Brownlie v Four Seasons Group
In the recent case of (1) British Sky Broadcasting Group PLC (2) Sky IP International Ltd (3) British Sky Broadcasting Ltd (4) Sky International AG v (1) Microsoft Corporation (2) Microsoft Luxembourg SARL  EWHC 1826 (Ch) the High Court ruled in favour of Sky in its IP claim against Microsoft regarding the latter’s online storage facility product “SkyDrive”.
Sky trade marks are registered for a range of goods and services, including computer software, online storage and file sharing facilities. In 2007, Microsoft launched a product named “SkyDrive”, which offered consumers online storage and file sharing services that could be accessed from anywhere via the internet.
Sky objected to Microsoft’s choice of name from the day that it was unveiled. In 2012, Microsoft started using the programme as one of the main start-up tiles on Microsoft’s “Windows 8” operating system.
Sky issued proceedings against Microsoft alleging trade mark infringement and passing off.
The High Court found in favour of Sky.
In reaching his decision, Asplin J considered that, if one undertook a global assessment, there was every reason to conclude that there was a likelihood of confusion in the average consumer. This was in the sense that there was a risk that the public might believe that the services (SkyDrive) originated from Sky, or otherwise was economically linked to Sky. Asplin J felt that the average customer would see “Sky” as fulfilling a trade mark function, as opposed to a composite part of the “SkyDrive” name as a whole.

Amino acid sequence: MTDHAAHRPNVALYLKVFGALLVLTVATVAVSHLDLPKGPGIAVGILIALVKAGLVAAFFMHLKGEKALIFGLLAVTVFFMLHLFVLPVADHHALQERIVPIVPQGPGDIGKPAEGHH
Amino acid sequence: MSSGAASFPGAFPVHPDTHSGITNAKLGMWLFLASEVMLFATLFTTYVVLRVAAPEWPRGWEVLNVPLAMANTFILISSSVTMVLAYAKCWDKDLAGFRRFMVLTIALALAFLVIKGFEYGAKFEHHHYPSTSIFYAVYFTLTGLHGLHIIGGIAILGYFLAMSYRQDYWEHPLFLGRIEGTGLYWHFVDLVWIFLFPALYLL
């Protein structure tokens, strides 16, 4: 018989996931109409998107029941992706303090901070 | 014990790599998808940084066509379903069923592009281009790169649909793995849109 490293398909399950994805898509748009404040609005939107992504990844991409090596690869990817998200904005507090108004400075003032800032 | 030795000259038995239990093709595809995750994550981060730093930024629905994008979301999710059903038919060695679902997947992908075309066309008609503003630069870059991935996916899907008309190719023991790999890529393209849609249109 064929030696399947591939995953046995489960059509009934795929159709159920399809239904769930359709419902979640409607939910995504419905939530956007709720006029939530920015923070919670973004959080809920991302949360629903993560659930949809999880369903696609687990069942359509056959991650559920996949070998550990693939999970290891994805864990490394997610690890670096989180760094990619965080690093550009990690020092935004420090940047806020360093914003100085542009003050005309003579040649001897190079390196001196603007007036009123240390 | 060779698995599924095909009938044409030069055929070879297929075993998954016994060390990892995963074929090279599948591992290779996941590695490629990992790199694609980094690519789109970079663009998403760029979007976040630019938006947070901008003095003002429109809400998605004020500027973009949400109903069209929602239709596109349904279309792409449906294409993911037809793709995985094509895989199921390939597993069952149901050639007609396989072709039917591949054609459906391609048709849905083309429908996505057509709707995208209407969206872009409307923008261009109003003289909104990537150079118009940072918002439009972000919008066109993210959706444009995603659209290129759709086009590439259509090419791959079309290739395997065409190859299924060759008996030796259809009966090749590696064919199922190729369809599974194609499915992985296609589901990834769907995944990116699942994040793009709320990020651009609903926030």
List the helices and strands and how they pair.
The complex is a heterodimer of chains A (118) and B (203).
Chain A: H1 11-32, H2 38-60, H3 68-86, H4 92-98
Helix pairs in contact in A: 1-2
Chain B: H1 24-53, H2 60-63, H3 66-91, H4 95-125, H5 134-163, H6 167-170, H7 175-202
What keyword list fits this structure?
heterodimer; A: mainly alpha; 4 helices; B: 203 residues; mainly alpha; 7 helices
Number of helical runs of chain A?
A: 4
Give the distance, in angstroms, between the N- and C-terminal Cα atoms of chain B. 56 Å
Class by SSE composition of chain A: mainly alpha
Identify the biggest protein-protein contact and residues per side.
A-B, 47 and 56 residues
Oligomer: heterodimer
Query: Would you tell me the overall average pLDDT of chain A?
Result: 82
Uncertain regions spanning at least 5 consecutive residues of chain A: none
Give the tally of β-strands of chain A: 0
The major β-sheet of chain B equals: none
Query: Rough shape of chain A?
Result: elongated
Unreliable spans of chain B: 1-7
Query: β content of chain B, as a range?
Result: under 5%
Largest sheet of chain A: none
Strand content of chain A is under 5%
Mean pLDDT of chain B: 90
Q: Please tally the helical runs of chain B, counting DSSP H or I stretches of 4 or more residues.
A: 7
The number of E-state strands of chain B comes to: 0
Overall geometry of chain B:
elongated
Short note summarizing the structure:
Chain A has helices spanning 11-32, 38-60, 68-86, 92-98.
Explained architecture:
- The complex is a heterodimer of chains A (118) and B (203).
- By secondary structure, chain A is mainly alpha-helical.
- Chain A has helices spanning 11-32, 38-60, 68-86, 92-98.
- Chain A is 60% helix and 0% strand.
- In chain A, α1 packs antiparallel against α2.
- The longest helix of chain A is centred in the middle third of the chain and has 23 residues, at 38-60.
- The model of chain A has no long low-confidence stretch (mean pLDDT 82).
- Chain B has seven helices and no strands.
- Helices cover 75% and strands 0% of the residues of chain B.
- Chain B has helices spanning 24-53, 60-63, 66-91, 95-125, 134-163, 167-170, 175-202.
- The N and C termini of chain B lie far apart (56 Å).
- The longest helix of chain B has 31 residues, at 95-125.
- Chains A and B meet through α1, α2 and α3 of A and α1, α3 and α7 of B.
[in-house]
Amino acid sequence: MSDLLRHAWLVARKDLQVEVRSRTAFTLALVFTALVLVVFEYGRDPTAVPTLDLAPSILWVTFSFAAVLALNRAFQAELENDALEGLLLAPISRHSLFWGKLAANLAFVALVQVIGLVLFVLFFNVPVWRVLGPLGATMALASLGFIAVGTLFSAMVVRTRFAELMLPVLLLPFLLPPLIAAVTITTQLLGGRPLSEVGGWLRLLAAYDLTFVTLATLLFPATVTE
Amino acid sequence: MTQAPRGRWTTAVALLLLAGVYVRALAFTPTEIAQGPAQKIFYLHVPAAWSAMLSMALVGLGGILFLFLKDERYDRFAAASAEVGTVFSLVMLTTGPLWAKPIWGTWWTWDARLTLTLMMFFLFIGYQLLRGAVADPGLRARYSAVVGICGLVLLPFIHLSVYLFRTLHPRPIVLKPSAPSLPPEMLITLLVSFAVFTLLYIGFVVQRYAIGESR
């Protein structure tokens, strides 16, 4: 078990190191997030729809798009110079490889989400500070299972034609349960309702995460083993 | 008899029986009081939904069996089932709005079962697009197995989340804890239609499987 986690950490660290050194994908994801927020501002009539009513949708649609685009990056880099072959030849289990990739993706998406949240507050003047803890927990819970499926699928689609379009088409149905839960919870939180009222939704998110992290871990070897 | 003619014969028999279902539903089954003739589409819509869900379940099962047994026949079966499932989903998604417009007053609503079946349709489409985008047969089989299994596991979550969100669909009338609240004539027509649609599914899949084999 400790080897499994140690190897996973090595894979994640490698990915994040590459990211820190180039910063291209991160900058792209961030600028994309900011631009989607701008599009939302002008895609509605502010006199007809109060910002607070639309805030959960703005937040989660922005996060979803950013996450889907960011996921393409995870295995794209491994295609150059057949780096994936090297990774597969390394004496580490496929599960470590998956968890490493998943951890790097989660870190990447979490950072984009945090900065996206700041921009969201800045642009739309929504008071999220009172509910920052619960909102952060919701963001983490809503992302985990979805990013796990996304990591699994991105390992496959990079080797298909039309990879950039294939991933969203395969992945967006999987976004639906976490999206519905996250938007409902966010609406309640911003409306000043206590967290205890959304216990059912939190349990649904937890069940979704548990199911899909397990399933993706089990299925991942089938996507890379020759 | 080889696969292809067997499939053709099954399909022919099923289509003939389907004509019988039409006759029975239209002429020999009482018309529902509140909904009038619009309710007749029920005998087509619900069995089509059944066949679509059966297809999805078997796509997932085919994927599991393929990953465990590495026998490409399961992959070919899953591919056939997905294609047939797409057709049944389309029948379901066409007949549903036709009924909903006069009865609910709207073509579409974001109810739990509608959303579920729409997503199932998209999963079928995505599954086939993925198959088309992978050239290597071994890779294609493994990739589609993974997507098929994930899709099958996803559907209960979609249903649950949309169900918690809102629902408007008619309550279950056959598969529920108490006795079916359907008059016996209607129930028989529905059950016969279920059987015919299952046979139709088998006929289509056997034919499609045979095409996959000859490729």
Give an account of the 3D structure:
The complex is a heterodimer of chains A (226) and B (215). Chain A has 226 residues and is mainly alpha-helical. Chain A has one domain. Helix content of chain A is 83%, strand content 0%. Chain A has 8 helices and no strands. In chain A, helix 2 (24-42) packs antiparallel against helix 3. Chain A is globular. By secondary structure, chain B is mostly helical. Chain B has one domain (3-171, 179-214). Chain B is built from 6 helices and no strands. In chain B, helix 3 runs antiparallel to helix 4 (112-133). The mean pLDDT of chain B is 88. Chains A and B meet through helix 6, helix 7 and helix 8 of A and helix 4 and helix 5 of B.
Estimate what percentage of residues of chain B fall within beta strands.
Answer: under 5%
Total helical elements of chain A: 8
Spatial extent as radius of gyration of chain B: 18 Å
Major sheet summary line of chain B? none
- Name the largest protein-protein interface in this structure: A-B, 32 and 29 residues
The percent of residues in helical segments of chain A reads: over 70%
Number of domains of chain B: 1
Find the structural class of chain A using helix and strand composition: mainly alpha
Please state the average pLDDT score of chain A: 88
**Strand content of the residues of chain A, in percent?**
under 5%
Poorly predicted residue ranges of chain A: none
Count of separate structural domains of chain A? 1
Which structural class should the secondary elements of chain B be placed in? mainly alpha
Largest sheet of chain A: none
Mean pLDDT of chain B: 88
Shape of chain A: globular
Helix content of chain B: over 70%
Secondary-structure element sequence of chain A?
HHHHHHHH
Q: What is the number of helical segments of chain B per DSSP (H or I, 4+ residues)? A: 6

Another major factor in reaching this decision was the fact that there was evidence of actual confusion, in the form of consumer calls to the Sky helpline in relation to the SkyDrive product. It was also significant that the product appeared as a pre-loaded title on Microsoft platforms, such as laptops and mobile phones, in circumstances in which it was difficult to distinguish any connection to Microsoft as opposed to Sky.
Sky was able to establish that there was a serious risk to their reputation through loss of distinctiveness in the sense of “dilution, whittling away or blurring” in the minds of average and reasonably informed consumers. Sky was also able to successfully make out its claim for passing off by establishing goodwill, misrepresentation and damage.
Microsoft’s counterclaims on the grounds of partial invalidity and impermissible amendment were rejected.
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